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Mail Archives: cygwin-developers/2002/07/04/05:43:01

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From: "Conrad Scott" <Conrad DOT Scott AT dsl DOT pipex DOT com>
To: "Robert Collins" <robert DOT collins AT syncretize DOT net>
Cc: <cygwin-developers AT cygwin DOT com>
References: <20020704052424 DOT GA15450 AT redhat DOT com> <00e601c2232d$a7c5be10$2300a8c0 AT LAPTOP>
Subject: Re: access port 127.0.0.1:1052 (cygserver question) <PLEASE REPLY TO THIS ONE>
Date: Thu, 4 Jul 2002 10:44:54 +0100
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"Robert Collins" <robert DOT collins AT syncretize DOT net> wrote:
> Sounds like the cygserver domain socket was left open
> (perhaps due to cygserver being forcibly killed),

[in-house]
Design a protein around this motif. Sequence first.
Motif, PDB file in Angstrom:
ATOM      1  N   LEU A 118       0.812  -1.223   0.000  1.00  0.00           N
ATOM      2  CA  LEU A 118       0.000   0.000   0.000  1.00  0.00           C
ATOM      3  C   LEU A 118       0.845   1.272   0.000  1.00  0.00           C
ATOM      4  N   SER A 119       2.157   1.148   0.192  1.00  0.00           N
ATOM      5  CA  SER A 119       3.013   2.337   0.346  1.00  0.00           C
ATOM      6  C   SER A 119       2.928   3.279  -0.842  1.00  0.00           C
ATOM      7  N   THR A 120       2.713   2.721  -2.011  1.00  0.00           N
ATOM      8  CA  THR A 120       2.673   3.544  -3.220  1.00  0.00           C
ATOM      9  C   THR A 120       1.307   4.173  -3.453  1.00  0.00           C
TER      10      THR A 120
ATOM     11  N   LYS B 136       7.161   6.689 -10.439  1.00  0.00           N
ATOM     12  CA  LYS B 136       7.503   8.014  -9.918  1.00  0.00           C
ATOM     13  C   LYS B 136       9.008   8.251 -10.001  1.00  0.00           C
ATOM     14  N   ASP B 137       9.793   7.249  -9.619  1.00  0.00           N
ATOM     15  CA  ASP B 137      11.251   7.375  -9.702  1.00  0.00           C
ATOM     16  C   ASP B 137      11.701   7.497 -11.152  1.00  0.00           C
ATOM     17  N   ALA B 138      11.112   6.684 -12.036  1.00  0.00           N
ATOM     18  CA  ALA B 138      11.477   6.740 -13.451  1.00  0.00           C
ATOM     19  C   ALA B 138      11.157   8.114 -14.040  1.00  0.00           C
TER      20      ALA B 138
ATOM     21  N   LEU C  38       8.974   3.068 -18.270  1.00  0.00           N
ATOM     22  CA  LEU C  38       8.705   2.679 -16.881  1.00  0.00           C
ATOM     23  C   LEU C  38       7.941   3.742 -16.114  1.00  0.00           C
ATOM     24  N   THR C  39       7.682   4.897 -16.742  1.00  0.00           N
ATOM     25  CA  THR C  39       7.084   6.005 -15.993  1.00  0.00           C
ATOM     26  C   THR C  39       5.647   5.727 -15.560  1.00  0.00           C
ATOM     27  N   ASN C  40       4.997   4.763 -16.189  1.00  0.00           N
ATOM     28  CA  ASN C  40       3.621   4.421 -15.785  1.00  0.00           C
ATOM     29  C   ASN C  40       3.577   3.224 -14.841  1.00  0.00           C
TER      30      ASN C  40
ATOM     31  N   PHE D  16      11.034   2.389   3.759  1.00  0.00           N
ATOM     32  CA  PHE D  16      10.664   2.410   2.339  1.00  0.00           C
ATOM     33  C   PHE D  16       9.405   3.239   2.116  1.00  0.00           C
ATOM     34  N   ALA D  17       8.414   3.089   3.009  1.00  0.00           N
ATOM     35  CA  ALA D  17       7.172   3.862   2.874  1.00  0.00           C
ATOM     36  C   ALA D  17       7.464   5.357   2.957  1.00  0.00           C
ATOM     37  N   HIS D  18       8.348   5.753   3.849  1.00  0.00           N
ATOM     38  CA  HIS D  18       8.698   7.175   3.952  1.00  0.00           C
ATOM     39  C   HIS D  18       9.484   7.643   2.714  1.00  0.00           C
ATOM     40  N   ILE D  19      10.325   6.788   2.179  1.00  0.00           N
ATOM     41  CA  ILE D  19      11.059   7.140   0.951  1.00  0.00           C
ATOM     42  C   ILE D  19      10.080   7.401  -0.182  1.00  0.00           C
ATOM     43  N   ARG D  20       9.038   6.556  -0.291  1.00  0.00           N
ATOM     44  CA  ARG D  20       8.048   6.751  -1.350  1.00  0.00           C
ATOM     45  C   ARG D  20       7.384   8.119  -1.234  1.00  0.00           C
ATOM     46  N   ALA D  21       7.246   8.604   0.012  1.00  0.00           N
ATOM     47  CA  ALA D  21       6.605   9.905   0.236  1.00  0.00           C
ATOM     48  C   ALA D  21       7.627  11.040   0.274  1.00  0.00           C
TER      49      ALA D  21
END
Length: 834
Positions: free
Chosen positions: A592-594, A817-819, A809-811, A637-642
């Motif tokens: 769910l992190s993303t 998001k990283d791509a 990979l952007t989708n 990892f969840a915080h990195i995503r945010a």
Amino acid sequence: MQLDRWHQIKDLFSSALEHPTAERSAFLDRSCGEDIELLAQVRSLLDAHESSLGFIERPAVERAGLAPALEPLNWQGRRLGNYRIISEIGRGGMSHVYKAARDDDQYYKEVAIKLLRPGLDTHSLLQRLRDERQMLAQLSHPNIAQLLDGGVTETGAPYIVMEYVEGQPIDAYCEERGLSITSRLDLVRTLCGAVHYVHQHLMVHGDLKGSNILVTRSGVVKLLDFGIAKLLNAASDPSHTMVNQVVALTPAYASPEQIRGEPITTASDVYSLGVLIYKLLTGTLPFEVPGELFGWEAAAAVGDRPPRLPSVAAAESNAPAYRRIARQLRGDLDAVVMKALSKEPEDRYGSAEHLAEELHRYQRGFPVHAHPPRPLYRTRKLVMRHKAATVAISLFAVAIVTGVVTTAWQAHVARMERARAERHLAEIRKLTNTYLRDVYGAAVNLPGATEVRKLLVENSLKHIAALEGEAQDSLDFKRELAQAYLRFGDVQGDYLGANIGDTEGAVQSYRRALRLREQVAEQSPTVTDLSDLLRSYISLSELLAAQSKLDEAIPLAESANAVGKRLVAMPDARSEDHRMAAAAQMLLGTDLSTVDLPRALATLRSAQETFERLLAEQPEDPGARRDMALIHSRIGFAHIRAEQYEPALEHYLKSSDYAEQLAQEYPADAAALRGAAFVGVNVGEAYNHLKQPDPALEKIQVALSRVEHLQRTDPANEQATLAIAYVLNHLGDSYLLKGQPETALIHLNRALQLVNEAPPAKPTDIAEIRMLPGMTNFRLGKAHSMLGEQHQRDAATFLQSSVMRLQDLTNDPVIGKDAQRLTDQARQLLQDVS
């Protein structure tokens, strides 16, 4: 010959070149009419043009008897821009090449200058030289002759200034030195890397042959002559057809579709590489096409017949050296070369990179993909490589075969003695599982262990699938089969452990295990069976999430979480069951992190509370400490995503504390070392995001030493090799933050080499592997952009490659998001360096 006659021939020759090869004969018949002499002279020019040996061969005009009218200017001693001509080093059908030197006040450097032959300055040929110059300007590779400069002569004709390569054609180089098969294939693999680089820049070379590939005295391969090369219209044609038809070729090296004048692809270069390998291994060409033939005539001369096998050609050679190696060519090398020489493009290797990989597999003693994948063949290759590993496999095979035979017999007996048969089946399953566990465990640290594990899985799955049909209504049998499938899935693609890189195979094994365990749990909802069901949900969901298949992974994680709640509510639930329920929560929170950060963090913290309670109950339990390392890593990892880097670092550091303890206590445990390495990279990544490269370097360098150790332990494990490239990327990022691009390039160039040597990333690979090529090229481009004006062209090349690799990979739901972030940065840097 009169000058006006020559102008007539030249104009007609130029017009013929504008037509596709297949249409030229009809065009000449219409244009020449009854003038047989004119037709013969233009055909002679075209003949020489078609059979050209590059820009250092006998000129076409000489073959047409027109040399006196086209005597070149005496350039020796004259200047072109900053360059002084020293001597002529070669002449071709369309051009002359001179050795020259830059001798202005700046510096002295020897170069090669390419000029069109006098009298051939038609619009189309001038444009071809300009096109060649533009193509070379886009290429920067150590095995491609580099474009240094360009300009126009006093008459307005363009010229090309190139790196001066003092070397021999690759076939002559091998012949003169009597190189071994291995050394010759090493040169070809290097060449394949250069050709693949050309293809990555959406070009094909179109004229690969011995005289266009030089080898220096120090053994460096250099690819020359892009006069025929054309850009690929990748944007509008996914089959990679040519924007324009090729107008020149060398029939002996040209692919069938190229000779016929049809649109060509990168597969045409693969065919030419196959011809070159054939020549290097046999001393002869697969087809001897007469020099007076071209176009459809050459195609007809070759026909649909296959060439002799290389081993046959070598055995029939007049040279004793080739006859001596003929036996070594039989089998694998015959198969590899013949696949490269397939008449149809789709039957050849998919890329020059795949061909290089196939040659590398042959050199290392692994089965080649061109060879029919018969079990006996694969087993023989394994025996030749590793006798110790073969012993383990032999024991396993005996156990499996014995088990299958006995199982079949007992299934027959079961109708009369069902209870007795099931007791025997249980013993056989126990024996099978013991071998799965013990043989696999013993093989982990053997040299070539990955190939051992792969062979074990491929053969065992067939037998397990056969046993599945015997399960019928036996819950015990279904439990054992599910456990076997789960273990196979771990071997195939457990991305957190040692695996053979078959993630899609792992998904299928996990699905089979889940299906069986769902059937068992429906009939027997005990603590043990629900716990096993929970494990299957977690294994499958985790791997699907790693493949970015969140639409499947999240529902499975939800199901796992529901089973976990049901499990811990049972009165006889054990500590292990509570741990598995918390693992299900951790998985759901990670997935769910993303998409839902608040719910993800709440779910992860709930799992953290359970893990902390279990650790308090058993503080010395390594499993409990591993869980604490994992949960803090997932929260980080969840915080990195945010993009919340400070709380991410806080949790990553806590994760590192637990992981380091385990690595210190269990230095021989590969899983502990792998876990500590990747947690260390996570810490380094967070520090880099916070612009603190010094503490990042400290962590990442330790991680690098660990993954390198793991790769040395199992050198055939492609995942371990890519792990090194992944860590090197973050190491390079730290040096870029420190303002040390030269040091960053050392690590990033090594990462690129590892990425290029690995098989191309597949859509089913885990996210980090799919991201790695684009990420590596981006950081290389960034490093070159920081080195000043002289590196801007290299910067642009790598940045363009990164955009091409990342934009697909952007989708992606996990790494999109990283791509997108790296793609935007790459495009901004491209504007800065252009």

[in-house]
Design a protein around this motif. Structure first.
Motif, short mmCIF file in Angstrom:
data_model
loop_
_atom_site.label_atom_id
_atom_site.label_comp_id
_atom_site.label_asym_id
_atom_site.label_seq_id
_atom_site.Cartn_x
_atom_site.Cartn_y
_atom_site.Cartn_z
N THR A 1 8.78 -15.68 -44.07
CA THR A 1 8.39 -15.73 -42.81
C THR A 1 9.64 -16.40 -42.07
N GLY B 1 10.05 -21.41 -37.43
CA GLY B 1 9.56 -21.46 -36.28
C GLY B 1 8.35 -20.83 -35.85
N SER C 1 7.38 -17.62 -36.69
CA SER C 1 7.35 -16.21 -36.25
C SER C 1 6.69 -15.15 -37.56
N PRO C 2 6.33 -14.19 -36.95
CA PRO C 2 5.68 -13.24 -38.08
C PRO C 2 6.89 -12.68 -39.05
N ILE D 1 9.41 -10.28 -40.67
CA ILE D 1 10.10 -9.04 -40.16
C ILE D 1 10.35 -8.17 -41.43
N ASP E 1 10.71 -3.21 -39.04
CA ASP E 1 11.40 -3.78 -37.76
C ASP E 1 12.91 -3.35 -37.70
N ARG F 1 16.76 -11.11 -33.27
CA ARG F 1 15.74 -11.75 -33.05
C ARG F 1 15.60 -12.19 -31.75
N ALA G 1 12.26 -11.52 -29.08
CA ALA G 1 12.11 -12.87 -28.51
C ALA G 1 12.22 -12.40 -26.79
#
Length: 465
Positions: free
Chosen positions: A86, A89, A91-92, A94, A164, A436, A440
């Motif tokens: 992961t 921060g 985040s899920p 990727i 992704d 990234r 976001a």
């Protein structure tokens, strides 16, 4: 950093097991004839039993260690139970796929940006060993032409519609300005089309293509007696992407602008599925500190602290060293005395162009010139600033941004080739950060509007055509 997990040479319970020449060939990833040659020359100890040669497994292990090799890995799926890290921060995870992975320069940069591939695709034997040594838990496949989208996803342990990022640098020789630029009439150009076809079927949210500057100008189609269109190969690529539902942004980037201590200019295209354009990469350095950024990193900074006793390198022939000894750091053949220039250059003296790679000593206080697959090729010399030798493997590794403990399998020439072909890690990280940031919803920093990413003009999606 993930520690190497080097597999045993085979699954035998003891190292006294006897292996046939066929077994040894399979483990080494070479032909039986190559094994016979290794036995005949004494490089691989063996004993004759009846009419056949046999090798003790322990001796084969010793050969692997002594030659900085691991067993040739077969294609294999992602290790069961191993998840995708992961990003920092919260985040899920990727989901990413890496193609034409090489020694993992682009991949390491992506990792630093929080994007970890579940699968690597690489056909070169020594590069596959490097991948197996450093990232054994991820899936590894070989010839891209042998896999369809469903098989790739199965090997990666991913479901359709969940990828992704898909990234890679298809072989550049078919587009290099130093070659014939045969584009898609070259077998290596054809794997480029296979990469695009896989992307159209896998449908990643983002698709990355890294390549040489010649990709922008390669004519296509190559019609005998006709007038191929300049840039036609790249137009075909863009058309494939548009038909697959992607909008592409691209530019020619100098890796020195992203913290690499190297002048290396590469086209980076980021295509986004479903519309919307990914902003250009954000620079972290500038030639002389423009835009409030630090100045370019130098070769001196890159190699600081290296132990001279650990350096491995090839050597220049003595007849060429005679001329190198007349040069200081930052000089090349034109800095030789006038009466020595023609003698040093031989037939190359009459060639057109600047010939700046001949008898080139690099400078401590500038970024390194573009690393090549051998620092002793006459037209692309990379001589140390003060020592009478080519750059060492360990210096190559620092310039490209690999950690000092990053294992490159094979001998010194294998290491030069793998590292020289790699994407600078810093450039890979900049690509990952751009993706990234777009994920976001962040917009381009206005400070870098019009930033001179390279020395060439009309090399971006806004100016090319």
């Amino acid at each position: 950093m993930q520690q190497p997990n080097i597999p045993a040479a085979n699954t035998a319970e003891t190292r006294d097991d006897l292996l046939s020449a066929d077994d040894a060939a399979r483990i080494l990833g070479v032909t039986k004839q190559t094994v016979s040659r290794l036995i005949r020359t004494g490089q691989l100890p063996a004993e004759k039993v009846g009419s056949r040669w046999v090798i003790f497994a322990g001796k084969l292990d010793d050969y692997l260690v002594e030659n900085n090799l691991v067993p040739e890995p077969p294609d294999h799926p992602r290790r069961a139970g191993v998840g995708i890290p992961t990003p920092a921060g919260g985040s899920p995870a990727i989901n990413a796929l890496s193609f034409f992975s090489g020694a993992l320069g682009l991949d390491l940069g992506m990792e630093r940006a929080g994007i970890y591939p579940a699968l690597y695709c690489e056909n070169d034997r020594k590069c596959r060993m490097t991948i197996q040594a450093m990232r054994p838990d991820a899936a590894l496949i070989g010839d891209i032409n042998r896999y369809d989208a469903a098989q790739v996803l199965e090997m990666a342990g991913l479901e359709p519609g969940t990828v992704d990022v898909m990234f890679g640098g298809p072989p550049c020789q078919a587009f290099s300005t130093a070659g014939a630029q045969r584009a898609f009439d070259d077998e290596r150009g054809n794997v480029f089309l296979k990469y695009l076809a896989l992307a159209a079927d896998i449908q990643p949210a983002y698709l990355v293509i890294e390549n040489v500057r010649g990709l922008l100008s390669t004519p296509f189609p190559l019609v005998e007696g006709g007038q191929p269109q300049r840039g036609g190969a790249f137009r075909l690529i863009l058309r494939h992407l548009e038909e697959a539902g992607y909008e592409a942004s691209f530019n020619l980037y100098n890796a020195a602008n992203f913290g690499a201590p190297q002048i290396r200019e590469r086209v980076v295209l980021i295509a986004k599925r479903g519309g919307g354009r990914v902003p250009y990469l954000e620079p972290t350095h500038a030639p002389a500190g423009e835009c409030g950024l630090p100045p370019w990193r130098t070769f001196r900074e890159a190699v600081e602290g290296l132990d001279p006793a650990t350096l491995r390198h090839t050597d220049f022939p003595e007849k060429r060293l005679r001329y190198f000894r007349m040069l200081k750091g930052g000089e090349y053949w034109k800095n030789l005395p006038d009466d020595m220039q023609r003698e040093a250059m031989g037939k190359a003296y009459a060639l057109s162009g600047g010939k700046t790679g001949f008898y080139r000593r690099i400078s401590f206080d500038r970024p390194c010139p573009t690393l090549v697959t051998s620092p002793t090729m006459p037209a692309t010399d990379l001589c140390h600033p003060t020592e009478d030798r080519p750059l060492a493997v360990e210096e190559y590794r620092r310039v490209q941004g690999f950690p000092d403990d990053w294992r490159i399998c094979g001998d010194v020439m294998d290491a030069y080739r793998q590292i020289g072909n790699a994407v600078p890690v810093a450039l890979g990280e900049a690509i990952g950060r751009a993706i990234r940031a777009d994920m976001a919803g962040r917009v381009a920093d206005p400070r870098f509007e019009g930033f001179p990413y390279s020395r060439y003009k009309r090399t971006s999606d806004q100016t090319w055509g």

> and each process was trying to connect to the cygserver.

Rob,

AFAICS it's simply the presence of the socket file (/tmp/cygdaemo)
that triggers this behaviour, i.e. it doesn't require anything to go
wrong to trigger this.  You can re-start the machine and the presence
of the file causes clients to attempt to connect to the daemon.

In Un*x, are socket files persistent in this way? Or do they disappear
on last close?  I can't see anything unambiguous about this in the
documentation I've got to hand.  (I've never programmed with them in
anger and I've no Un*x box to hand to check.)  I could go read the
NetBSD or Linux source some more, but I've got other things I'd like
to do this week :-)

As I mentioned in my reply to Chris, cygserver could unlink the socket
file on exit: this isn't what (for example) XEmacs does with its unix
domain sockets, but I don't know of any good reason why cygserver
*shouldn't* do this.

Any thoughts?

// Conrad



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